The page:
Passing the torch
Shaun Sarvis/Plainsman and courtesy photo Above: Members of the Stern family, the new owners, were in Huron Friday for a Raymond Oil meet and greet. From the left are: Kaitlyn Stern, Scott Stern, Staci Stern and Hillary Stern Christopher. Below is a photo from the 1940s. In the center is Carol “C.H.” Erling and on the right is his father Ernie, shortly after the business opened in Huron.
HURON — There was a significant shift that took place recently, when Raymond Oil, one of the longest operating family-owned businesses in Huron was purchased by another family-owned business, Stern Oil Company.
The exchange took place earlier this month and since that time Linda Ingle has been preparing to make the change from longtime bookkeeper for the business into well-deserved retirement.
“It’s bittersweet really,” Ingle said earlier this week as she reminisced about the business where she has been employed for more than 50 years.
“I still enjoy it and I could keep working. In a couple of months, I would have been at Raymond Oil for 52 years. So, it’s time for others with other ideas to step in and begin serving the customers.”
A ‘meet-and-greet’ took place Friday, with those in attendance seeing the past, present and future in the same place. “It was kinda of a ‘Goodbye Linda, Hello Scott (Stern) sort of thing,” she said with a smile in her voice. A retirement celebration for Ingle will take place from 2 to 4 p.m. this afternoon at Ryan’s Hangar Restaurant.
How it began
The business Raymond Oil began, fittingly enough, in Raymond, just a bit north of Highway 212 between Doland and Clark, in western Clark County. Ernest (Ernie) and Ena Erling began the business, and when their sons Carol (C.H.) and Jean came home from World War 2, the decision was made to move the business to Huron.
The name came with them and Raymond Oil in Huron began in 1946.
“They bought this little gas station that was located right where the business is now,” Ingle said. “The original business in Raymond was purchased by the Wegman brothers, Herb and Harrold.” Wegman Oil is still there in Raymond, on Yost Street, just a stones-throw south of Ranney Avenue.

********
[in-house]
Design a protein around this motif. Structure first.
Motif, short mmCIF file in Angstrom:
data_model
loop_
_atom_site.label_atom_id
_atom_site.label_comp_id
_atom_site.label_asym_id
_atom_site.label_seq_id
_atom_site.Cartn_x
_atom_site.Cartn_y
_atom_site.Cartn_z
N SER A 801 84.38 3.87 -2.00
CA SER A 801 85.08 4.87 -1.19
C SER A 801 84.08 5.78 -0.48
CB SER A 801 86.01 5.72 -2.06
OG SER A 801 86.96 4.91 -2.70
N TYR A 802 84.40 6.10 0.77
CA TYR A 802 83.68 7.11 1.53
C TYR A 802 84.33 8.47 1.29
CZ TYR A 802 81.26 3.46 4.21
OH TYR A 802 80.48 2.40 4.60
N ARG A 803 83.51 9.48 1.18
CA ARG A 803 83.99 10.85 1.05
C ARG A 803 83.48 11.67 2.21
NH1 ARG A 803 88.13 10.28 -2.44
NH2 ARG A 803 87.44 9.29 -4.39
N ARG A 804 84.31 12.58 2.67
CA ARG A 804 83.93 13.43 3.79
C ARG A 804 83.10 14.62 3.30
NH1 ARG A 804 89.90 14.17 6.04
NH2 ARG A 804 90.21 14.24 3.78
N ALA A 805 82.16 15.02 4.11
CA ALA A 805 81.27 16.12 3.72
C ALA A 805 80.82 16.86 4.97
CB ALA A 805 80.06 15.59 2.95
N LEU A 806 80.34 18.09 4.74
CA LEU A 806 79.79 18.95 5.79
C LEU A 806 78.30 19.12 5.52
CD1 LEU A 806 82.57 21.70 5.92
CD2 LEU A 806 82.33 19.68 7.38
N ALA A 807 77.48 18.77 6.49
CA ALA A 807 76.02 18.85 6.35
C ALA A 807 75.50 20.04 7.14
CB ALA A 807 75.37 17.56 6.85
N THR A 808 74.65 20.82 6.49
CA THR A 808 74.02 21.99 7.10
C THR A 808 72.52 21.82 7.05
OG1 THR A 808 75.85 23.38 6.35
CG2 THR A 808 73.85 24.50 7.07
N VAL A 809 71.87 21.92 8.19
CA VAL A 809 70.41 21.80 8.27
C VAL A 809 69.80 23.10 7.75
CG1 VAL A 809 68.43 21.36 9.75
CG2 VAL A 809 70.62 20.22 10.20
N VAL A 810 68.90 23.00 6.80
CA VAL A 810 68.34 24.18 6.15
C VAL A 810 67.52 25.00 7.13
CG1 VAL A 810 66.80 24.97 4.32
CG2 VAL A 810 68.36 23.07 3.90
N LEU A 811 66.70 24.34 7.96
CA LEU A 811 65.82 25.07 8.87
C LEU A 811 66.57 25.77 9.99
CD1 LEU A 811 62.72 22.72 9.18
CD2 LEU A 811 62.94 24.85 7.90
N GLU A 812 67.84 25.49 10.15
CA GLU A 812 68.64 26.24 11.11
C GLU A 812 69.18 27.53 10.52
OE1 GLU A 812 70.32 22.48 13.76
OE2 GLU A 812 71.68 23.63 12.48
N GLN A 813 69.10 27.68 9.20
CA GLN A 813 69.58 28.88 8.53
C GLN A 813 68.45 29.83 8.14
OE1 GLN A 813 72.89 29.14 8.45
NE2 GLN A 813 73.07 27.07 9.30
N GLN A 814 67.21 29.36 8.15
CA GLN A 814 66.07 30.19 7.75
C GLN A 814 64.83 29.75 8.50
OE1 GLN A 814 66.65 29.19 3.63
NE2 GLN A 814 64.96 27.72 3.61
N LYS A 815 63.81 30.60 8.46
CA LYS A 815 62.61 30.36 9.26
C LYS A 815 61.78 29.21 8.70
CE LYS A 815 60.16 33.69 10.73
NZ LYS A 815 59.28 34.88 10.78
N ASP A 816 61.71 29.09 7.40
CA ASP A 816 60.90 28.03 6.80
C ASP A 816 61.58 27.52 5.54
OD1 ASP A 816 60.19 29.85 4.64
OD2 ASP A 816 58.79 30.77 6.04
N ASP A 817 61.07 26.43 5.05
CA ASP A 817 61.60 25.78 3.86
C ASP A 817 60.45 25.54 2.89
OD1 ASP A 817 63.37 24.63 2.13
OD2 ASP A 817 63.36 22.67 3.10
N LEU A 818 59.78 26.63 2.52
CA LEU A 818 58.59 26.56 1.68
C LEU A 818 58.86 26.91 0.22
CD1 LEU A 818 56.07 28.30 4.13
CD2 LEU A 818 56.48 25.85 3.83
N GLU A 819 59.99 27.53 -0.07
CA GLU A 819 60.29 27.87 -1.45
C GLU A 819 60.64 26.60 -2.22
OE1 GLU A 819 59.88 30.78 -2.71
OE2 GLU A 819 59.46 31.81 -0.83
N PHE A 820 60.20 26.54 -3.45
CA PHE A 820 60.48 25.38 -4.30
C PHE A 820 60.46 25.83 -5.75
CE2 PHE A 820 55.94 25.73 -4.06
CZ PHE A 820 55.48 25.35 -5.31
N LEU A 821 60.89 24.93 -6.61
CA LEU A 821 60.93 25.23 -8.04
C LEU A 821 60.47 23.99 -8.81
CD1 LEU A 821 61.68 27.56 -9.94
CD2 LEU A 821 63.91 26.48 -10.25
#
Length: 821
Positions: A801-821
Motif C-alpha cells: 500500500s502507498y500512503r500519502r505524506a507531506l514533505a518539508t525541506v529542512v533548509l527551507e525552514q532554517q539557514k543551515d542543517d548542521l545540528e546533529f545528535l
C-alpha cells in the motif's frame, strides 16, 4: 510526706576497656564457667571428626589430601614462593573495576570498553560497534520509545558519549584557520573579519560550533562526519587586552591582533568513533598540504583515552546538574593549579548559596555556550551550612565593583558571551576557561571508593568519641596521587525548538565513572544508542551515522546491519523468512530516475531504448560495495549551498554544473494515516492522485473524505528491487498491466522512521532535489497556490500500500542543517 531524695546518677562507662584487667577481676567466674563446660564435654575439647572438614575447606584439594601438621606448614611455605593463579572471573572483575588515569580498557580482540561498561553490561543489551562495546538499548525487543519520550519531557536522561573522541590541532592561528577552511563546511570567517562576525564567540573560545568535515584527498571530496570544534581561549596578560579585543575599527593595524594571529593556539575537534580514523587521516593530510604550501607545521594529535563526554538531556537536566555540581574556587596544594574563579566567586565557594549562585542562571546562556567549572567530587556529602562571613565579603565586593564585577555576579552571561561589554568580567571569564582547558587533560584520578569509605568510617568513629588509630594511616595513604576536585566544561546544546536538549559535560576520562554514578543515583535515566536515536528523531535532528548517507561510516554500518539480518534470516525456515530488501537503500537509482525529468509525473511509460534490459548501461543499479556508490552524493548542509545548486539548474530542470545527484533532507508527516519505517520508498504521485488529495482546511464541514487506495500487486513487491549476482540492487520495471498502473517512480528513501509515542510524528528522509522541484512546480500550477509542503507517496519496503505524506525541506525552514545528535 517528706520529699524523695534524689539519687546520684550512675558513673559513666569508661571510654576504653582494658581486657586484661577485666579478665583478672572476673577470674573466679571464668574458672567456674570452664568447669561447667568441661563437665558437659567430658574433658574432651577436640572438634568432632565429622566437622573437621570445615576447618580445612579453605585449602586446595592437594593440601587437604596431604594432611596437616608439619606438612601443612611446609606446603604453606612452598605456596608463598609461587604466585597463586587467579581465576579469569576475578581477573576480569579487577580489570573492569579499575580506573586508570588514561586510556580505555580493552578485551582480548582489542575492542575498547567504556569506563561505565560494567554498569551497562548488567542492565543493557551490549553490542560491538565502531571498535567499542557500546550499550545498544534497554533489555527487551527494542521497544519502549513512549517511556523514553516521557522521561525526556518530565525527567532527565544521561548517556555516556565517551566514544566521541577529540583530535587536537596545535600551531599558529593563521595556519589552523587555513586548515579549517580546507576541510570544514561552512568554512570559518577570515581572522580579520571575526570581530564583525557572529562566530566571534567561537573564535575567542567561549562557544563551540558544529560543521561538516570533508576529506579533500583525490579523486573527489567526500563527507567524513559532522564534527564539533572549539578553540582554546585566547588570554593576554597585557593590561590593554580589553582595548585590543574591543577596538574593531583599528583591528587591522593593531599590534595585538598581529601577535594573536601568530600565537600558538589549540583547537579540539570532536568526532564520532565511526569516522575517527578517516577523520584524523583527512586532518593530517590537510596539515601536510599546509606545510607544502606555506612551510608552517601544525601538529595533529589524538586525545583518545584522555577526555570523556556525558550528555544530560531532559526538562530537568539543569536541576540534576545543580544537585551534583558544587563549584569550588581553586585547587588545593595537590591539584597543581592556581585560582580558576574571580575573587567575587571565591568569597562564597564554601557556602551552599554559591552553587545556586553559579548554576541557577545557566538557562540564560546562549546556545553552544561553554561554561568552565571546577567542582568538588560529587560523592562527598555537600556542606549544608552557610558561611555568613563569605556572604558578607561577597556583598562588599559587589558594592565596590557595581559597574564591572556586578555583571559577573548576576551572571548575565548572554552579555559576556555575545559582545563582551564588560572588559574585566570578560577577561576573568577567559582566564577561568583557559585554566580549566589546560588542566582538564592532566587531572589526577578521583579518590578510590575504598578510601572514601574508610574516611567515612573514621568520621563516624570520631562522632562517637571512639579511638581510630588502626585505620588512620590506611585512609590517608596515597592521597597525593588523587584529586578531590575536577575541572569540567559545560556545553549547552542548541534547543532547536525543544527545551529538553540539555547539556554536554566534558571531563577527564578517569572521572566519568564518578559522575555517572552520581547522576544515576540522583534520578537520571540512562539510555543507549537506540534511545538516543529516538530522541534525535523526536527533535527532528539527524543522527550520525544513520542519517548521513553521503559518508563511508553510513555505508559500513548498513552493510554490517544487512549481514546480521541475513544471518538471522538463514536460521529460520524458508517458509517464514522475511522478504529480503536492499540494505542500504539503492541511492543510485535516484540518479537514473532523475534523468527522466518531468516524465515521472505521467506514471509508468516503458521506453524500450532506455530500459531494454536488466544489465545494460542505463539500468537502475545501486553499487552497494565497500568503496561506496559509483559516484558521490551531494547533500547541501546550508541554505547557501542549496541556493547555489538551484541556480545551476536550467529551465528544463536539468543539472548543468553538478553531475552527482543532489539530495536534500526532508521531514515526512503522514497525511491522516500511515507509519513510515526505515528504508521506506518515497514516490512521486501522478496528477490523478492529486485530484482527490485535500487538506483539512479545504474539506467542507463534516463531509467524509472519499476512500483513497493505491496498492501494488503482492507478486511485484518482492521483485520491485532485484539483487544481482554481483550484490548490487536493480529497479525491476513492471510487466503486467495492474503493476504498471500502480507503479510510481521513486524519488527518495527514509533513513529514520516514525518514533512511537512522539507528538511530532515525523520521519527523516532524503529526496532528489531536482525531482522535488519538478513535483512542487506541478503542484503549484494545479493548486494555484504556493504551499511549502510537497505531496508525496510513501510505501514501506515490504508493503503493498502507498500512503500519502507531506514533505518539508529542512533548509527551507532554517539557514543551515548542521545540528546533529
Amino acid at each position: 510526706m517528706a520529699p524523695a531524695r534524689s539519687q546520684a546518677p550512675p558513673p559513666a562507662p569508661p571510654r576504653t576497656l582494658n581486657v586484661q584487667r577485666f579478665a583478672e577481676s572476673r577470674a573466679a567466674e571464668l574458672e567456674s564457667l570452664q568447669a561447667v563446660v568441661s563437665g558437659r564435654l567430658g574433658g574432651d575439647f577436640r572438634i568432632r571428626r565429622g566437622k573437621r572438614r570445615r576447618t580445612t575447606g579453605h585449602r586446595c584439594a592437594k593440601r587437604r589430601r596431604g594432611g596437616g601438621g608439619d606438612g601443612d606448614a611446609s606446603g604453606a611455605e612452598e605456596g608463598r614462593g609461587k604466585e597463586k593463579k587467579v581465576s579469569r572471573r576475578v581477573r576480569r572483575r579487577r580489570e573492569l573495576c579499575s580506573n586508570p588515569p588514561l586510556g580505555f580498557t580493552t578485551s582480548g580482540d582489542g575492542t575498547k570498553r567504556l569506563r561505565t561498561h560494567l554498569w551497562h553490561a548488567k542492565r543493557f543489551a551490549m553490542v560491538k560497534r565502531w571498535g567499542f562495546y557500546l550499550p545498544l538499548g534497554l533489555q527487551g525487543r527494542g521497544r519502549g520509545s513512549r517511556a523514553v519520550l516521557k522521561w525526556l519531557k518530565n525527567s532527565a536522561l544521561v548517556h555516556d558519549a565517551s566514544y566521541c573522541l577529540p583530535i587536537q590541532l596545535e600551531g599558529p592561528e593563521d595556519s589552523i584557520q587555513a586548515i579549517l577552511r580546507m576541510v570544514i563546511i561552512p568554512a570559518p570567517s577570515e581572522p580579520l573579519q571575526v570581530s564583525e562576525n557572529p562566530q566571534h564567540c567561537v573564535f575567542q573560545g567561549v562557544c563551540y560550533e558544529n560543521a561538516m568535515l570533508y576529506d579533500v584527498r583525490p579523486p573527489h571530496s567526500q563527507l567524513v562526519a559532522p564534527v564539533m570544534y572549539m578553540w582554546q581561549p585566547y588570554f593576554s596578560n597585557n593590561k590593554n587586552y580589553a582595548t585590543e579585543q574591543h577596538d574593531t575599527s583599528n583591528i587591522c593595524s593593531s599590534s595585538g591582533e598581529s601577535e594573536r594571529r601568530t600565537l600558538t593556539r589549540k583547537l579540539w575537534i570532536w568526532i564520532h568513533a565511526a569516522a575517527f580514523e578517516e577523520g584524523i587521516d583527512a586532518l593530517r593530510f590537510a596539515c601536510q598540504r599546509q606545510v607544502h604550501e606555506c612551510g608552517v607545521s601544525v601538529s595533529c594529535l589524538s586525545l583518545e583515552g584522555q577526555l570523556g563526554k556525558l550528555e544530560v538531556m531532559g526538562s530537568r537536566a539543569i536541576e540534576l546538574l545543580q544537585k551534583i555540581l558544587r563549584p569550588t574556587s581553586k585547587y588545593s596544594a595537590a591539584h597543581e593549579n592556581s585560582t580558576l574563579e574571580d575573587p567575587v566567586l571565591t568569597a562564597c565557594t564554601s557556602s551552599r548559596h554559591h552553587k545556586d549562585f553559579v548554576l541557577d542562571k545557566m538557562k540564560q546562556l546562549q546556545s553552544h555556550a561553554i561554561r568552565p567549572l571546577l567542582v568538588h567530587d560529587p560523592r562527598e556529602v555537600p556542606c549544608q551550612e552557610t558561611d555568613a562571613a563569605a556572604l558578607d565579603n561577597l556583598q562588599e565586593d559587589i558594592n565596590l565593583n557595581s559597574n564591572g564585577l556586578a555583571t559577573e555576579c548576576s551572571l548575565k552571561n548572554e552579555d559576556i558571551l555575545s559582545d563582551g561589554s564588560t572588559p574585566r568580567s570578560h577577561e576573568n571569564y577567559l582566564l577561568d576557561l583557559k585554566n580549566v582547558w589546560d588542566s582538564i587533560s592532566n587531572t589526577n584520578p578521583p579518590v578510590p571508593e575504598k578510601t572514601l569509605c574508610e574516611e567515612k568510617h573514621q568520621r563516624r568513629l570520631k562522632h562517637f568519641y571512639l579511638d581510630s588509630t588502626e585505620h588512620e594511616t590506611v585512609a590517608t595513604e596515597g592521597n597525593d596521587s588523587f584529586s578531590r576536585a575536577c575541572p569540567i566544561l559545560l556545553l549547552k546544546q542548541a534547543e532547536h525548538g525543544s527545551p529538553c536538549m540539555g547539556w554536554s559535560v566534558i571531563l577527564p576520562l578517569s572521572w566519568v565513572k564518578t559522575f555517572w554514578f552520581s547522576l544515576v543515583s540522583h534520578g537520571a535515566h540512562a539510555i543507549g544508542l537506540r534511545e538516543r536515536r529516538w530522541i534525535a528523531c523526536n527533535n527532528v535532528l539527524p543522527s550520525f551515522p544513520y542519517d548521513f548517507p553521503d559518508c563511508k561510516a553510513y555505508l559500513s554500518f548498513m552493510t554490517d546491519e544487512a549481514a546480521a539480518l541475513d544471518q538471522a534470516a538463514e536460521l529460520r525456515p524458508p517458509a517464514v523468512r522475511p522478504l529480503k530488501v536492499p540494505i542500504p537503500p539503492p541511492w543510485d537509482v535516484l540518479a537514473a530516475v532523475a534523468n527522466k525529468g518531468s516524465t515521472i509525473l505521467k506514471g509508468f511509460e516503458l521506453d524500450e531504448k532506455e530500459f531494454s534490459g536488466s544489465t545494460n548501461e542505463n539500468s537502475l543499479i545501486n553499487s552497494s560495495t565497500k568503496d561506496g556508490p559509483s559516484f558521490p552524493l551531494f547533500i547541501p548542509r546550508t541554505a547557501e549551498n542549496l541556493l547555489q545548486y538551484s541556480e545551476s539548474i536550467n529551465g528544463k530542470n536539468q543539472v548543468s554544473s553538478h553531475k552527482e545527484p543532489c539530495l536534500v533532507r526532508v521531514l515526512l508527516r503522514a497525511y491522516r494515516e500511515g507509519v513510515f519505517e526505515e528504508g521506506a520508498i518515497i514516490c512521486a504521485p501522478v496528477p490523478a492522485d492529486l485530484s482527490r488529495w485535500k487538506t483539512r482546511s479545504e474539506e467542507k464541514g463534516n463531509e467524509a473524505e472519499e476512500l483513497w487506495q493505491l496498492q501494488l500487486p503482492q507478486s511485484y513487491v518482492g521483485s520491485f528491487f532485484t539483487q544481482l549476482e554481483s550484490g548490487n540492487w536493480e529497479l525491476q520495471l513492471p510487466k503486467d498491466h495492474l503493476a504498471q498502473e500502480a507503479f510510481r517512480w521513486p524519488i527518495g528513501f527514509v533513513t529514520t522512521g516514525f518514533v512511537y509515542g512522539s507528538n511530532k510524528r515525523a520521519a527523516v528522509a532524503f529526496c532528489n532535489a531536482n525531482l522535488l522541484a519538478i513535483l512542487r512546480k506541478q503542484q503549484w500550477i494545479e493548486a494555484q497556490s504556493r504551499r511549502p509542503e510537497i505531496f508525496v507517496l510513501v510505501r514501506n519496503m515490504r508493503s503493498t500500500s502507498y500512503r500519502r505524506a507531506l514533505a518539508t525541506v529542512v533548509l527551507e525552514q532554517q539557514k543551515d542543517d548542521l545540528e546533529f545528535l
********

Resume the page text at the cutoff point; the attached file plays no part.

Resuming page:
“When Carol and Jean started here there wasn’t a propane plant, so they built their own,” Ingle said.
When Raymond Oil began in the 40s, it was common for most gas stations to have a team of employees that came out to pump gas in your vehicle, wash your windshield and visit with the customer while they were there.
While that service vanished from most stations, it is still practiced at Raymond Oil. “We were the only place that was doing that,” Ingle agreed. “We never quit pumping gas for our customers. We were located kind of off the beaten path and always felt that offering that extra service would mean something to our customers. Obviously, it did.”
Moving to the present
In 1965 the little gas station was torn down and the existing building was constructed and it has remained mostly the same ever since.
Ingle began working there as a bookkeeper in 1971 and her hiring was somewhat unorthodox.
“I was working at Bales sale barn and Martin Johnson, who ran the truck stop out there, mentioned that Carol was looking for a bookkeeper at Raymond Oil and would I be interested in talking to him. I didn’t know they existed,” she said. In a theme that continues, the previous long-time bookkeeper was retiring and Carol was seeking a replacement.
“I said, ‘Sure’ and when I met Carol he hired me on the spot!” she said. “It was different, but it worked out okay for everyone.”
Over the years, many different men have manned the pumps, driven the delivery trucks or done whatever needed to be done. Nearly all of them stayed with the company until they were due to retire. “We didn’t have a lot of turnover,” Ingle noted. “Tony Halbur has been here for more than 29 years and pretty much does whatever needs to be done. We never had a lot of turnover.”
Where at one time up to eight different men were employed at a time, the workforce has shrunk to three now as the business changes hands. Finding employees has become more of a struggle, Ingle said, as the years have gone by.
The products remain the same. They offer propane - bring in your bottle - or have it delivered. Ingle said that propane delivery for home heating along with the tank fills for farmers drying grain. Gasoline is offered at the pump, or for delivery as well, as is diesel fuel.
“To me, as it is with most business, the customers have made Raymond Oil who they are,” Ingle said. “Customers make your business. If it wasn’t for our loyal customers, Raymond Oil wouldn’t have stayed in business.”
Stern Oil, which has purchased Raymond Oil, has been in operation since 1976 in Freeman. It is family business, operated by Scott Stern with his daughters, Kaitlyn and Hillary and son-in-law Trevor. From those beginnings in Freeman, the company now has locations in Rapid City and Aberdeen, as well as Grand Island, Neb., and Council Bluffs, Iowa.
Next week - the future of Raymond Oil with the Stern Oil Company.